Central Falls, Rhode Island: Retiree pensions slashed, but bondholders get paid
23 December 2011
Retired firefighters and other city employees in Central Falls, Rhode Island will see deep cuts to their pensions, while municipal bond investors will get all that is owed to them by the struggling city. The arrangement, agreed to by the fire and police retirees after months of wrangling, is seen as a precedent-setting move as cities and counties across the US seek ways to close budget shortfalls by imposing attacks on the benefits of municipal employees.
Central Falls, a city of about 18,000 just north of Providence, the Rhode Island capital, is the state’s poorest city, devastated by the decline in manufacturing. Central Falls officials had projected a $5.6 million budget deficit by June 30, 2012. According to state officials, the city has about $47 million in pension liabilities and about $20.5 million in bond debt. In May 2010, the Central Falls City Council sought a state-appointed receiver to oversee the city’s dire economic situation, and filed for bankruptcy protection in August.
As of earlier this week, some 82 of the estimated 130 Central Falls retirees had agreed to the pension cuts, according to Matthew McGowan, a lawyer for about 100 of the retired police officers and firefighters. A minimum of 75 retirees had been required to implement the proposed agreement. The retirees are not represented by a union, and received no support from city workers’ unions in fighting the attack. The Central Falls receiver will ask a bankruptcy judge to approve the proposal over the next few days.
The proposed cuts to the retiree benefits are deep, up to 55 percent of each retiree’s current benefits. Present retirement benefits vary widely, from about $4,000 to $46,000, depending on final salary, years of service and other factors. Some retirees would see cuts of more than $25,000 a year. As Central Falls police and firefighters do not participate in Social Security—with such pensions traditionally considered an ironclad eventuality—the cuts mean the majority of them face the prospect of being plunged into destitution.
Retirees have backed the deal in part because the state director of revenue has pledged to ask the state legislature to appropriate about $2.6 million over the next five years to partially offset the cuts. This is by no means assured, however, as state legislators recently pushed through a sweeping package of pension cuts for state workers and teachers and are unlikely to look favorably upon the pensions of retirees in a bankrupt municipality. Lawmakers also do not want to set a precedent in which retirees whose pensions have been raided seek a state bailout.
The attack on Central Falls retirees’ pensions was facilitated by a Rhode Island law passed in July that determined which creditors get paid first if a city or county becomes insolvent. That law says bondholders are to be paid before all other creditors, including city workers’ pensions. In fact, throughout bankruptcy and receivership, cash-strapped Central Falls has continued to make its payments to bondholders. City retirees agreed not to challenge the state law as part of their agreement to the pension cuts.
The Rhode Island law was designed in large part to prevent frightening away bondholders from investing in other cities and counties in the state. Theodore Orson, legal counsel for Central Falls’ state-appointed receiver, said imposing the cuts on the city’s retirees would have been difficult if not impossible without the state law shielding the bondholders.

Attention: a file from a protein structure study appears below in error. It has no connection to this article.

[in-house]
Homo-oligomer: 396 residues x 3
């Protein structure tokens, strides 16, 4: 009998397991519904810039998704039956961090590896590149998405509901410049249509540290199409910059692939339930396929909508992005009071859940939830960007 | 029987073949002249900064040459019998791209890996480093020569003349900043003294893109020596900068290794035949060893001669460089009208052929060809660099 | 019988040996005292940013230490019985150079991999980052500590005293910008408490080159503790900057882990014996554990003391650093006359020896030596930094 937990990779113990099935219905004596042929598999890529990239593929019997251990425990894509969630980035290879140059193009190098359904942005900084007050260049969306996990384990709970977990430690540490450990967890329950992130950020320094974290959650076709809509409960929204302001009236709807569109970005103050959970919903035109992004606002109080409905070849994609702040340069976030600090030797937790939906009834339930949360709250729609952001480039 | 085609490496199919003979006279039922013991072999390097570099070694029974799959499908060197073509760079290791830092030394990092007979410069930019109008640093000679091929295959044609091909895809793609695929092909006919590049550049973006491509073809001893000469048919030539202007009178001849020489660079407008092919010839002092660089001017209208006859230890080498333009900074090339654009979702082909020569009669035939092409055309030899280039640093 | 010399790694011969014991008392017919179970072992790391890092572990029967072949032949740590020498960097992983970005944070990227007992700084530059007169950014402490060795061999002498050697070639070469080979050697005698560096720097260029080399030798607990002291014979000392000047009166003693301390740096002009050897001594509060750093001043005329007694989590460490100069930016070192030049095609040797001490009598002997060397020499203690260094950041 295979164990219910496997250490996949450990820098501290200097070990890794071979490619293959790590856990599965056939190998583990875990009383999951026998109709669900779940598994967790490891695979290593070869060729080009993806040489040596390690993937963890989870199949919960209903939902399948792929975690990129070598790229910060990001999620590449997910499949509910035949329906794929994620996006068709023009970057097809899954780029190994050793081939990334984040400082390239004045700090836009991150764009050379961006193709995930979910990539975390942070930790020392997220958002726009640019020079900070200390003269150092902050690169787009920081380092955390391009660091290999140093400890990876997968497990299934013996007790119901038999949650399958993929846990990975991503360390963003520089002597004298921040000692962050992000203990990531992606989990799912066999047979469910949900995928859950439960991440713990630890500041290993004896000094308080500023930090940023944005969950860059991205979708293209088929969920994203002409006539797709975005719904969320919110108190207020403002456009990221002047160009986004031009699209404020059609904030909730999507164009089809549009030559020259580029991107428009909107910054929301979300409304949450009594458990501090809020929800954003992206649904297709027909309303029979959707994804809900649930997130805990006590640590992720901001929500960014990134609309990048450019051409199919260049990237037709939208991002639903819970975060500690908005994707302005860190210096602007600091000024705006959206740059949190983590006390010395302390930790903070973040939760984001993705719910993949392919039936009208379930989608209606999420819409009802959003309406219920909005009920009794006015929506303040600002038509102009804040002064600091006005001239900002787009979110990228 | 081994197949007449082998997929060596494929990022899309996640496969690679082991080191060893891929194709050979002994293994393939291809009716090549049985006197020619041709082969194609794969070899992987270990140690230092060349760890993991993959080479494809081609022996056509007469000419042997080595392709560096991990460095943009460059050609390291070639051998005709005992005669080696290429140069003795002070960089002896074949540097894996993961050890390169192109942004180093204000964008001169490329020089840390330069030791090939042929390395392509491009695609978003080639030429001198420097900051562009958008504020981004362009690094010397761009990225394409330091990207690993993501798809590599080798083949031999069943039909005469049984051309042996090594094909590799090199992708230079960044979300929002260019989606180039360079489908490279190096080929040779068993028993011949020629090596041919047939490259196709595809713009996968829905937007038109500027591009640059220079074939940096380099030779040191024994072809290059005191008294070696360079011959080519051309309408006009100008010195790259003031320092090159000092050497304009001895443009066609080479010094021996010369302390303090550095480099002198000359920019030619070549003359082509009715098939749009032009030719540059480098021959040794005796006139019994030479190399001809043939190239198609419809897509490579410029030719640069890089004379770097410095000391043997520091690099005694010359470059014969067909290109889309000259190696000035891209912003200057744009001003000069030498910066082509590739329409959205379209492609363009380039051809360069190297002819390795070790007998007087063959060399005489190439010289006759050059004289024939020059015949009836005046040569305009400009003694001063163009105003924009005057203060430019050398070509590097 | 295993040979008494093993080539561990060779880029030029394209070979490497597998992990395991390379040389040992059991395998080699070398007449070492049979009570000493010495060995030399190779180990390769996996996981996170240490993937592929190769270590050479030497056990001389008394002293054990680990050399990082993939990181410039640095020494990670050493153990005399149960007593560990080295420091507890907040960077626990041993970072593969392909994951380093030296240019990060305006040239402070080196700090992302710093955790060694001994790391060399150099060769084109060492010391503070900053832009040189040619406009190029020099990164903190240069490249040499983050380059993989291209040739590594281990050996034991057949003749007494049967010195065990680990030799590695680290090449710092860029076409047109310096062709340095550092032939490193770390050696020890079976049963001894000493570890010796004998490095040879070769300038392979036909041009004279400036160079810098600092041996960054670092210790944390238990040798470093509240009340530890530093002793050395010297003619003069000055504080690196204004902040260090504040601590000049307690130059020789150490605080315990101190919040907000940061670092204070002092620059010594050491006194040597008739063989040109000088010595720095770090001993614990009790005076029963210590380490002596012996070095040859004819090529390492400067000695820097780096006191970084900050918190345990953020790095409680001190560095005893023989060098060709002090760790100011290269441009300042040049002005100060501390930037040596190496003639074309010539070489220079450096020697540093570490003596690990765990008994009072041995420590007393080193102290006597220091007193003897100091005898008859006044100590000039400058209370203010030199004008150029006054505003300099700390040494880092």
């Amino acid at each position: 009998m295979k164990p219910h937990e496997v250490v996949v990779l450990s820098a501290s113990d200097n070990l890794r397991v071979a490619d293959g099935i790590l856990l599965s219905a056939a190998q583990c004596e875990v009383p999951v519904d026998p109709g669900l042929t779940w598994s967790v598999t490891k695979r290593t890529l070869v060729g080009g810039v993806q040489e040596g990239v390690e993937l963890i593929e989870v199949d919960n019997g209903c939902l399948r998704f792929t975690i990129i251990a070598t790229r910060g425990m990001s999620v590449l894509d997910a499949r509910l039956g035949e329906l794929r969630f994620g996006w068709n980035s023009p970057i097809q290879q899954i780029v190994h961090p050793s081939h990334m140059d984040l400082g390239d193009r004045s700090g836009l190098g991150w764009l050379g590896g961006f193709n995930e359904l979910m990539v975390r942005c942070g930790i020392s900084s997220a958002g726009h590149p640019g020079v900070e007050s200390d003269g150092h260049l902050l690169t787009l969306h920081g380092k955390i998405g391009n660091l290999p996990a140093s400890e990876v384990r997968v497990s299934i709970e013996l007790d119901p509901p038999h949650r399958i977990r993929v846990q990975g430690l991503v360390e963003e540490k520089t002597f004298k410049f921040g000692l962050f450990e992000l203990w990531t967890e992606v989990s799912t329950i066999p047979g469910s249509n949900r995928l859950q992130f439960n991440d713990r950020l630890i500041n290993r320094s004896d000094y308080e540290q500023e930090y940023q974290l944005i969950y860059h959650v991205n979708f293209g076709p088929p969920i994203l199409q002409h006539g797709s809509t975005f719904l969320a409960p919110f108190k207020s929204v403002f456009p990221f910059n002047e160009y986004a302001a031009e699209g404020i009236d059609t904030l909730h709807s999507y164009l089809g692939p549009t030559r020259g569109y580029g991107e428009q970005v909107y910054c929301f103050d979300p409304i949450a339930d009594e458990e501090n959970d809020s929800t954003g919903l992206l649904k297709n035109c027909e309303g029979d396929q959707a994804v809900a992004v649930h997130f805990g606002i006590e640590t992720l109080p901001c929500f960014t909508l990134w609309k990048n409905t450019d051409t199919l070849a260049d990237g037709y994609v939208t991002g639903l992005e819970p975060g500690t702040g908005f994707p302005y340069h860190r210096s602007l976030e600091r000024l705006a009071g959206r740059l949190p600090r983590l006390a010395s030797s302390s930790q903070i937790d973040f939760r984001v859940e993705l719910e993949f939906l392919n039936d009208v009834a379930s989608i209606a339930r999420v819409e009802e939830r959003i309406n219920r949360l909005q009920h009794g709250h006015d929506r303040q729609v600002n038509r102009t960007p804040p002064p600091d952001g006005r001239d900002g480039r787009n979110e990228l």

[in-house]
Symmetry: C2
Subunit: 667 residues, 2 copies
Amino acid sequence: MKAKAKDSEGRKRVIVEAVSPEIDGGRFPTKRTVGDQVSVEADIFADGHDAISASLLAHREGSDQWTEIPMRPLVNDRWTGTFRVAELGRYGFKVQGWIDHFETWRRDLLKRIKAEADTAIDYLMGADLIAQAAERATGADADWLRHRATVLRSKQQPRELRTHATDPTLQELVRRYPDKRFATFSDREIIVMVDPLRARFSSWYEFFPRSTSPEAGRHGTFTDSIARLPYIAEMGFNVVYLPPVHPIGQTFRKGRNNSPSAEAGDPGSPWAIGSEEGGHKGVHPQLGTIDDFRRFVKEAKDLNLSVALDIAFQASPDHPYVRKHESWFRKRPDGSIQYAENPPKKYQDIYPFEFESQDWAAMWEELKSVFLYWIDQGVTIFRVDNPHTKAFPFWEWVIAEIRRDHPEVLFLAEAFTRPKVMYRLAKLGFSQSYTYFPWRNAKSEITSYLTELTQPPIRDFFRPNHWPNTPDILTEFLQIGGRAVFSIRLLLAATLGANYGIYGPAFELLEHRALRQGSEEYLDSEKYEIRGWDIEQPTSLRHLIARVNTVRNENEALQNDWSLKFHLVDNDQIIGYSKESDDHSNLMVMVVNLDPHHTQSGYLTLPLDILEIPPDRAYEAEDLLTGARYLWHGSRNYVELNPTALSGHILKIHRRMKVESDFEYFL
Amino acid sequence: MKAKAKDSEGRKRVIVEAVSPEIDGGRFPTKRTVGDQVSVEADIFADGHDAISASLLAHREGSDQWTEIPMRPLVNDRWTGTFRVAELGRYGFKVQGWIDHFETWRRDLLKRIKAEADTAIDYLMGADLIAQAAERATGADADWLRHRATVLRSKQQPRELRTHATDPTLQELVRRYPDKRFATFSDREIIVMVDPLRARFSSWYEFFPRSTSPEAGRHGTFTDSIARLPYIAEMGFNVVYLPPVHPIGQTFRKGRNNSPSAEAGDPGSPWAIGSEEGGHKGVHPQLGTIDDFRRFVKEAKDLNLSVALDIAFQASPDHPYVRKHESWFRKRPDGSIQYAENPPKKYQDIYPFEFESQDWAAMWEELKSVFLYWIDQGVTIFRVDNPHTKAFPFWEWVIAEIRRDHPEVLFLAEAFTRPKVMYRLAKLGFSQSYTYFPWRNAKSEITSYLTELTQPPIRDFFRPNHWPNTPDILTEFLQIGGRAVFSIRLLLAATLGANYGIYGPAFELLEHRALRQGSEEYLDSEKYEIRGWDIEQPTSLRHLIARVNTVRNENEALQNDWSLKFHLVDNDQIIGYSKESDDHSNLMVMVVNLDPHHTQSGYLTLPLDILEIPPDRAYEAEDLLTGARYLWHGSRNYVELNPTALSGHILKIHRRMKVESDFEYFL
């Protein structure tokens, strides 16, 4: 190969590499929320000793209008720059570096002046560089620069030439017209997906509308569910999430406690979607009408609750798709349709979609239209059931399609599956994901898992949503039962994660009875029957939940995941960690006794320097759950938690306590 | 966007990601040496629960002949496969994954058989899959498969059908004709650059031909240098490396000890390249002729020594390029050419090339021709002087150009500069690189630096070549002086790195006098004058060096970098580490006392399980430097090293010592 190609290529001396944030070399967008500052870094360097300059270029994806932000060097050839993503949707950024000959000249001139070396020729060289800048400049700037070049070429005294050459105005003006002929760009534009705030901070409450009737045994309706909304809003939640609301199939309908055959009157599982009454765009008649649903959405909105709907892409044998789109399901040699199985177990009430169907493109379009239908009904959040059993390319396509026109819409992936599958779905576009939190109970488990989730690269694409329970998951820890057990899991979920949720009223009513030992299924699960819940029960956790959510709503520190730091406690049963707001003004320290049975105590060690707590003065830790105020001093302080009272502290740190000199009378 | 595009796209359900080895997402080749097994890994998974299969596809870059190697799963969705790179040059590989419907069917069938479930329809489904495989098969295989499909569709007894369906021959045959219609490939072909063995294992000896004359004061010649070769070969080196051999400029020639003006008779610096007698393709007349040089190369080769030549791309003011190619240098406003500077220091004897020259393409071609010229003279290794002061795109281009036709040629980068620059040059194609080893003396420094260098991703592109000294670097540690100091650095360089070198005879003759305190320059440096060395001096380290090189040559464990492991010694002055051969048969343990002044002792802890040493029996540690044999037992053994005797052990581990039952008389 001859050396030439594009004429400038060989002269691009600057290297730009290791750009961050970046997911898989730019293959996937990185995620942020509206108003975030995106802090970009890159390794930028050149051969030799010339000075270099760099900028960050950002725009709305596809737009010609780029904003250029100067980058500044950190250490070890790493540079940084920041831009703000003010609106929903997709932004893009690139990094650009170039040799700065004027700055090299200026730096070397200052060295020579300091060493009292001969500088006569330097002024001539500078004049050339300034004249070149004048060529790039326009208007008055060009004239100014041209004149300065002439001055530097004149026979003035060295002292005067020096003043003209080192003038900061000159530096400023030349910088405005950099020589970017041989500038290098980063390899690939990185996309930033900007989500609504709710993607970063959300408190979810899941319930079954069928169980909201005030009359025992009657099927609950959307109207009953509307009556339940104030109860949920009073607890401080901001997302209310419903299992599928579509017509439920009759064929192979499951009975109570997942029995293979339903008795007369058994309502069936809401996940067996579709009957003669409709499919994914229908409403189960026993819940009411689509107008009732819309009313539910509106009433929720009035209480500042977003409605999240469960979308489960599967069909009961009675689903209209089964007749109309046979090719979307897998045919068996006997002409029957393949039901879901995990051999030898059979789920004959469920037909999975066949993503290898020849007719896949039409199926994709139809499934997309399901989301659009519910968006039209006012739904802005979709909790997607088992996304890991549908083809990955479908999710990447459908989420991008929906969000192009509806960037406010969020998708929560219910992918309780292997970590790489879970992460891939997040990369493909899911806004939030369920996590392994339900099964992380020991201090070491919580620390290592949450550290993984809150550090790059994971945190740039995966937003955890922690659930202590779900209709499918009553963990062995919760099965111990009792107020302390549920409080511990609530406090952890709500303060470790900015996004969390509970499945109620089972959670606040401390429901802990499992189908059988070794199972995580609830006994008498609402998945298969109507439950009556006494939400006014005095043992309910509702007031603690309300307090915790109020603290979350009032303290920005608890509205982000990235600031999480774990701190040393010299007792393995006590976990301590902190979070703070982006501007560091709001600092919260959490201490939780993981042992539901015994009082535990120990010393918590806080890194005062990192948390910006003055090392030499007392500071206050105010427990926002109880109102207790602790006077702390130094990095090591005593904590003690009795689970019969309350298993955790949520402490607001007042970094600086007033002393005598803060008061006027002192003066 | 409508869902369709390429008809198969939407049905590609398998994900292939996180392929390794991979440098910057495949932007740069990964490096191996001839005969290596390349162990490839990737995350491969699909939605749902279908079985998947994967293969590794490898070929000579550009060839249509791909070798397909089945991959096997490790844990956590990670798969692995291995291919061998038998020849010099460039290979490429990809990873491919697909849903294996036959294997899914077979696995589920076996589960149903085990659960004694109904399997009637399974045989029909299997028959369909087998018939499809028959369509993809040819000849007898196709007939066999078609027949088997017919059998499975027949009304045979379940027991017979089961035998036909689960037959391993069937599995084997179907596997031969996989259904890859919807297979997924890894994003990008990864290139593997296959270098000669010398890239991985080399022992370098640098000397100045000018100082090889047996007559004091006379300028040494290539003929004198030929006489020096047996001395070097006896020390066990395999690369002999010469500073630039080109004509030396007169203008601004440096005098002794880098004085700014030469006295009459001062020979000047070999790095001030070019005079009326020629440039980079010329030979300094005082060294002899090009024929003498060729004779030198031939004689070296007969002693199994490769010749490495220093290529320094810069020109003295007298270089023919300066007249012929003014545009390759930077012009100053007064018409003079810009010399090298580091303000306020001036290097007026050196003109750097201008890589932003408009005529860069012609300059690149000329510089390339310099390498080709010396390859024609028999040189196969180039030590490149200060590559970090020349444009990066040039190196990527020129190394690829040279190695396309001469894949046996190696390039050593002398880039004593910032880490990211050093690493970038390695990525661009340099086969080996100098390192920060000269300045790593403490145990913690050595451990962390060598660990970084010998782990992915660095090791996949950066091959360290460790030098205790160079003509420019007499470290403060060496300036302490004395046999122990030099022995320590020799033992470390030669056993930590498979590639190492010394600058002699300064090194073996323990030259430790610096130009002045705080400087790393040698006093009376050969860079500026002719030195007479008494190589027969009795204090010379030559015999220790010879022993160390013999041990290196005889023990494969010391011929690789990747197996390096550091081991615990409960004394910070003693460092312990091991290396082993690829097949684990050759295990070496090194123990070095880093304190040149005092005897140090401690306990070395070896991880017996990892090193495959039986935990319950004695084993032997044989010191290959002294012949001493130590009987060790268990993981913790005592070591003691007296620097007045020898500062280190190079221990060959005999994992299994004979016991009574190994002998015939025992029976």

The assault on retirees’ pensions follows a long line of austerity measures imposed on city workers and residents. Since Central Falls entered receivership, draconian cuts have been imposed on city services, while the local tax burden has been raised by about 20 percent. The city’s library was closed and then reopened on a severely restricted schedule staffed with volunteers, and the recreation department was shut down.
Some $800 million in concessions have already been negotiated with the city’s union and non-union employees. An agreement reached in late November between the city and AFSCME Council 94 and the unions representing firefighters and police includes concessions on overtime, pay raises and time off.
The unions have made clear their willingness to accede to demands for draconian cuts. J. Michael Downey, Council 94 president, commented in a news release on the agreement, “This contract represents the culmination of all sacrifices made by the employees of Central Falls move towards financial recovery.”
In February 2010, the community was launched into the national spotlight when teachers and staff at Central Falls High School were fired en masse under a “turnaround plan” modeled on the Obama administration’s education policies.
The school’s teachers and staff were subsequently forced to accept deep concessions, equal to if not worse than the givebacks and attacks on working conditions they had originally refused to accept. The teachers are represented by the Central Falls Teachers Union, an affiliate of the American Federation of Teachers (AFT), whose leadership hailed the concessions pact.
Despite the deplorable conditions of life in Central Falls and other cities faced with bankruptcy and receivership, investors continue to eye them as investment opportunities. Chicago firm, Nuveen Asset Management owns about $2 million in Central Falls bonds and about $78 million in other bonds in Rhode Island.
The robbing of Central Falls retirees will be looked upon as a favorable precedent when investors decide whether or not to buy bonds—in this and other impoverished municipalities across the country facing huge budget gaps.